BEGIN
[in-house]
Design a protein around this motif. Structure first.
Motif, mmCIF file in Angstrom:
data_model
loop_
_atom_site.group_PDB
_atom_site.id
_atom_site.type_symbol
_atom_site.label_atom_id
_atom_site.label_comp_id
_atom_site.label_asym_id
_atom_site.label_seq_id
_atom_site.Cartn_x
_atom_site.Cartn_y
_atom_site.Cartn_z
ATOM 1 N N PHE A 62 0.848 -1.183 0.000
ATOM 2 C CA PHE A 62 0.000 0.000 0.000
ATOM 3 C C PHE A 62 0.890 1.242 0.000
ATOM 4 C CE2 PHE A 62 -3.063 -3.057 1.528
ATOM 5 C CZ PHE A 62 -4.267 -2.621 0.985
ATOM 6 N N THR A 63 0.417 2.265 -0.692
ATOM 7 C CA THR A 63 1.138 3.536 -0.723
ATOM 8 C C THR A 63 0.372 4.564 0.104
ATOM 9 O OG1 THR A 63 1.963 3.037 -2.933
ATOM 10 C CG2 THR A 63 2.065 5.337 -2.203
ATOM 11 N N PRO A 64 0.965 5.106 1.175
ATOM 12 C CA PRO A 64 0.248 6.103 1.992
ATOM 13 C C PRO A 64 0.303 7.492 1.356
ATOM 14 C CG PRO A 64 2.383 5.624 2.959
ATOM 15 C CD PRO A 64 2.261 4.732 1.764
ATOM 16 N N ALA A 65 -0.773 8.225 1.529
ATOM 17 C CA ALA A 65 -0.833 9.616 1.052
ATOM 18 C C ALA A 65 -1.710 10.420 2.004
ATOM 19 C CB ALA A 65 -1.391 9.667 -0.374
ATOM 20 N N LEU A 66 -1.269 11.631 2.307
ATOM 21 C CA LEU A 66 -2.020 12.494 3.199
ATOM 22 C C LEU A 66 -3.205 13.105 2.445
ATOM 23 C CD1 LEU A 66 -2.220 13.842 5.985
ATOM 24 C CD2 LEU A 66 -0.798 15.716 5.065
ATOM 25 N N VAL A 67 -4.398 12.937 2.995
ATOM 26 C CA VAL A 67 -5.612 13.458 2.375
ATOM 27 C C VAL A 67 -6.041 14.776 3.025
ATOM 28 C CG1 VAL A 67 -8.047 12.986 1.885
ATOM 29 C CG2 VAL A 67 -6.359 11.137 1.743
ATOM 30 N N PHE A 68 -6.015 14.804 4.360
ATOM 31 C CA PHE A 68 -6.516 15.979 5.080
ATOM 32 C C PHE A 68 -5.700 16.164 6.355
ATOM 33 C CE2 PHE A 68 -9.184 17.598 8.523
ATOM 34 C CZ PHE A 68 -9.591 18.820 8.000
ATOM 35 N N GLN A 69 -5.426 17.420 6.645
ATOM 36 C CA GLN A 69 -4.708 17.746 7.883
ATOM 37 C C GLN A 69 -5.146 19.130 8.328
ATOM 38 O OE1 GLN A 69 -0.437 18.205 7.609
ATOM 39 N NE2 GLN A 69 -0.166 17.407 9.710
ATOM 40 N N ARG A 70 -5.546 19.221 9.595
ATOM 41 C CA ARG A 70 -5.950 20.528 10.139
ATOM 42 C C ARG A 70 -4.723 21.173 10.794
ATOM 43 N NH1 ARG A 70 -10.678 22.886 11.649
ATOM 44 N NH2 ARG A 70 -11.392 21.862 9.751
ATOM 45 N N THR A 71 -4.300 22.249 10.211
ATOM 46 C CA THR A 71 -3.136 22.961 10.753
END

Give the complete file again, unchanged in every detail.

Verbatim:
[in-house]
Design a protein around this motif. Structure first.
Motif, mmCIF file in Angstrom:
data_model
loop_
_atom_site.group_PDB
_atom_site.id
_atom_site.type_symbol
_atom_site.label_atom_id
_atom_site.label_comp_id
_atom_site.label_asym_id
_atom_site.label_seq_id
_atom_site.Cartn_x
_atom_site.Cartn_y
_atom_site.Cartn_z
ATOM 1 N N PHE A 62 0.848 -1.183 0.000
ATOM 2 C CA PHE A 62 0.000 0.000 0.000
ATOM 3 C C PHE A 62 0.890 1.242 0.000
ATOM 4 C CE2 PHE A 62 -3.063 -3.057 1.528
ATOM 5 C CZ PHE A 62 -4.267 -2.621 0.985
ATOM 6 N N THR A 63 0.417 2.265 -0.692
ATOM 7 C CA THR A 63 1.138 3.536 -0.723
ATOM 8 C C THR A 63 0.372 4.564 0.104
ATOM 9 O OG1 THR A 63 1.963 3.037 -2.933
ATOM 10 C CG2 THR A 63 2.065 5.337 -2.203
ATOM 11 N N PRO A 64 0.965 5.106 1.175
ATOM 12 C CA PRO A 64 0.248 6.103 1.992
ATOM 13 C C PRO A 64 0.303 7.492 1.356
ATOM 14 C CG PRO A 64 2.383 5.624 2.959
ATOM 15 C CD PRO A 64 2.261 4.732 1.764
ATOM 16 N N ALA A 65 -0.773 8.225 1.529
ATOM 17 C CA ALA A 65 -0.833 9.616 1.052
ATOM 18 C C ALA A 65 -1.710 10.420 2.004
ATOM 19 C CB ALA A 65 -1.391 9.667 -0.374
ATOM 20 N N LEU A 66 -1.269 11.631 2.307
ATOM 21 C CA LEU A 66 -2.020 12.494 3.199
ATOM 22 C C LEU A 66 -3.205 13.105 2.445
ATOM 23 C CD1 LEU A 66 -2.220 13.842 5.985
ATOM 24 C CD2 LEU A 66 -0.798 15.716 5.065
ATOM 25 N N VAL A 67 -4.398 12.937 2.995
ATOM 26 C CA VAL A 67 -5.612 13.458 2.375
ATOM 27 C C VAL A 67 -6.041 14.776 3.025
ATOM 28 C CG1 VAL A 67 -8.047 12.986 1.885
ATOM 29 C CG2 VAL A 67 -6.359 11.137 1.743
ATOM 30 N N PHE A 68 -6.015 14.804 4.360
ATOM 31 C CA PHE A 68 -6.516 15.979 5.080
ATOM 32 C C PHE A 68 -5.700 16.164 6.355
ATOM 33 C CE2 PHE A 68 -9.184 17.598 8.523
ATOM 34 C CZ PHE A 68 -9.591 18.820 8.000
ATOM 35 N N GLN A 69 -5.426 17.420 6.645
ATOM 36 C CA GLN A 69 -4.708 17.746 7.883
ATOM 37 C C GLN A 69 -5.146 19.130 8.328
ATOM 38 O OE1 GLN A 69 -0.437 18.205 7.609
ATOM 39 N NE2 GLN A 69 -0.166 17.407 9.710
ATOM 40 N N ARG A 70 -5.546 19.221 9.595
ATOM 41 C CA ARG A 70 -5.950 20.528 10.139
ATOM 42 C C ARG A 70 -4.723 21.173 10.794
ATOM 43 N NH1 ARG A 70 -10.678 22.886 11.649
ATOM 44 N NH2 ARG A 70 -11.392 21.862 9.751
ATOM 45 N N THR A 71 -4.300 22.249 10.211
ATOM 46 C CA THR A 71 -3.136 22.961 10.753